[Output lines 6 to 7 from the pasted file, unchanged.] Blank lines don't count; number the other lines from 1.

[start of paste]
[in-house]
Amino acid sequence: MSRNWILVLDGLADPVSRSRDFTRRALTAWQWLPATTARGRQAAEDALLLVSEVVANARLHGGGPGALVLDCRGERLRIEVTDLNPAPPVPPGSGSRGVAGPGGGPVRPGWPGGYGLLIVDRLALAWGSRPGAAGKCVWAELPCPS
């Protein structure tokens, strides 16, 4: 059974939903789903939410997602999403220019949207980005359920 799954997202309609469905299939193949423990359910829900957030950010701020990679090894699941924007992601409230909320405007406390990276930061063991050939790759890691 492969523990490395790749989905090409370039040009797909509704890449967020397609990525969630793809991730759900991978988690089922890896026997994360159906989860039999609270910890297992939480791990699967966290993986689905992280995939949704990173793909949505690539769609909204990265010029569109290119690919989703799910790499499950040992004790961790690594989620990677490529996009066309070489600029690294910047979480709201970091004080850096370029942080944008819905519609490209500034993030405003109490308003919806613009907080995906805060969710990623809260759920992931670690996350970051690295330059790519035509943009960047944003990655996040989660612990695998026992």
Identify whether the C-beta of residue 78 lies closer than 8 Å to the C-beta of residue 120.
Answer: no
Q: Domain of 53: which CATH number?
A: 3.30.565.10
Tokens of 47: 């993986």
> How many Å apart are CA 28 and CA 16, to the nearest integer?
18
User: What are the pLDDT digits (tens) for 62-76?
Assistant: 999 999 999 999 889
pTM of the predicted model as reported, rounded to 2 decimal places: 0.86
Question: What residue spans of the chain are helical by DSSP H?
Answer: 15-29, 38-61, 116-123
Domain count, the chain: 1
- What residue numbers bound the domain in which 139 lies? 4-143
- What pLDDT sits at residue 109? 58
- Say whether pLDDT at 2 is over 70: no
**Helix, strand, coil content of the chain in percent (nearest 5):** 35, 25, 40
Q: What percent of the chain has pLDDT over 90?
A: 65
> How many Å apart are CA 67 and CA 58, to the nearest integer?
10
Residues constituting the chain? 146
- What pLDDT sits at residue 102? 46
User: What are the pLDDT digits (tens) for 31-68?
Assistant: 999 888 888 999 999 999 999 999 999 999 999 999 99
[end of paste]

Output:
Q: Domain of 53: which CATH number?
A: 3.30.565.10